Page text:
In 2005, Martin reportedly used a sledgehammer to break into the Judy Garland Museum in Grand Rapids, Minnesota, then opened the display case containing the slippers and proceeded to steal them.
According to WCCO, Martin claimed he didn’t hear an alarm, and he fled the scene in his car. Martin reportedly stashed the stolen slippers in a trailer next to his home.
WCCO reports that Martin brought them to a "jewelry fence," a criminal who resells stolen items, who revealed the jewels were glass, not real rubies. He later handed the slippers over to someone else, and he claimed he no longer had anything to do with the shoes after that.
The FBI and Grand Rapids Police Department recovered the slippers in July 2018. They are one of the last four remaining pairs, the Attorney’s Office said.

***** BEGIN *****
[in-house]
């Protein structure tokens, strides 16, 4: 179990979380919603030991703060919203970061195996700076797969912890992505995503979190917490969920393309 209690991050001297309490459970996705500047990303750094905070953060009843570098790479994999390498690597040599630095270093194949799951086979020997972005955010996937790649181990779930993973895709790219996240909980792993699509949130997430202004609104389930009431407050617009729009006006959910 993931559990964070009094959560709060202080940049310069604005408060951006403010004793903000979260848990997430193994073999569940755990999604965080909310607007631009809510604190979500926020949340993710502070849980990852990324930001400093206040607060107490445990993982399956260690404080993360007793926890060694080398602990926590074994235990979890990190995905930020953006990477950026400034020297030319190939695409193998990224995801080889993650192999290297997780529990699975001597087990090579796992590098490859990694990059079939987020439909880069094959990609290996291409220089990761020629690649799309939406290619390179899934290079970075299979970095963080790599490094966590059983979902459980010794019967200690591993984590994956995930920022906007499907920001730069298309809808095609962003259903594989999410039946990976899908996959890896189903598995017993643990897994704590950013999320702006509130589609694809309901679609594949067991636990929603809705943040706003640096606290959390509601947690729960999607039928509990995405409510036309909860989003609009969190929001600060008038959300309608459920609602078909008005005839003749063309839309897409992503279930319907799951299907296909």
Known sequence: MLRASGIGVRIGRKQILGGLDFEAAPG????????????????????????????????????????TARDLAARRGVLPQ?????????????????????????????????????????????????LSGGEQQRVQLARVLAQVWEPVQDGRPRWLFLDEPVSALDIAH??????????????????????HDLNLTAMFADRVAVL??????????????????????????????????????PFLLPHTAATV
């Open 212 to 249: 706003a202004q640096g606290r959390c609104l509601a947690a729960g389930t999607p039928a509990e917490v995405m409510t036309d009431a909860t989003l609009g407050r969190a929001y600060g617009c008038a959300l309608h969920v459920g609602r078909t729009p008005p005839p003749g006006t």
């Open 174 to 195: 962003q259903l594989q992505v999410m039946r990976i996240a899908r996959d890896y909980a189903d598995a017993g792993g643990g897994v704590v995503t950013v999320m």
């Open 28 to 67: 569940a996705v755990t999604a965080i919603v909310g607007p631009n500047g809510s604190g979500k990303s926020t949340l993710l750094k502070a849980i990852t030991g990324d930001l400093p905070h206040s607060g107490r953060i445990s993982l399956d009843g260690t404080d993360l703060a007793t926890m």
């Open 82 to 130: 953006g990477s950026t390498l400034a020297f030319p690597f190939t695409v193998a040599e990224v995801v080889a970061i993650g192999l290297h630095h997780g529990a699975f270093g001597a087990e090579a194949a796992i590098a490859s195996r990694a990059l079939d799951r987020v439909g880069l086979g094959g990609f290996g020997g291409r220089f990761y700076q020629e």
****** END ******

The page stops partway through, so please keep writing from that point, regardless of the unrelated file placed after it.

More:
Michael Shaw, a collector who loaned the shoes to the museum during the theft, reportedly said that the slippers remained in the same "pristine" condition as they were before the theft.
The Attorney’s Office said the slippers were worth $1 million in 2005, but they’re currently estimated to be worth $3.5 million.
Martin’s sentencing has not yet been scheduled.
In a statement obtained by WCCO, a curator for the Judy Garland Museum said, "Just to do it because he thought they were real rubies and to turn them over to a jewelry fence. I mean, the value is not rubies. The value is an American treasure, a national treasure. To steal them without knowing that seems ludicrous."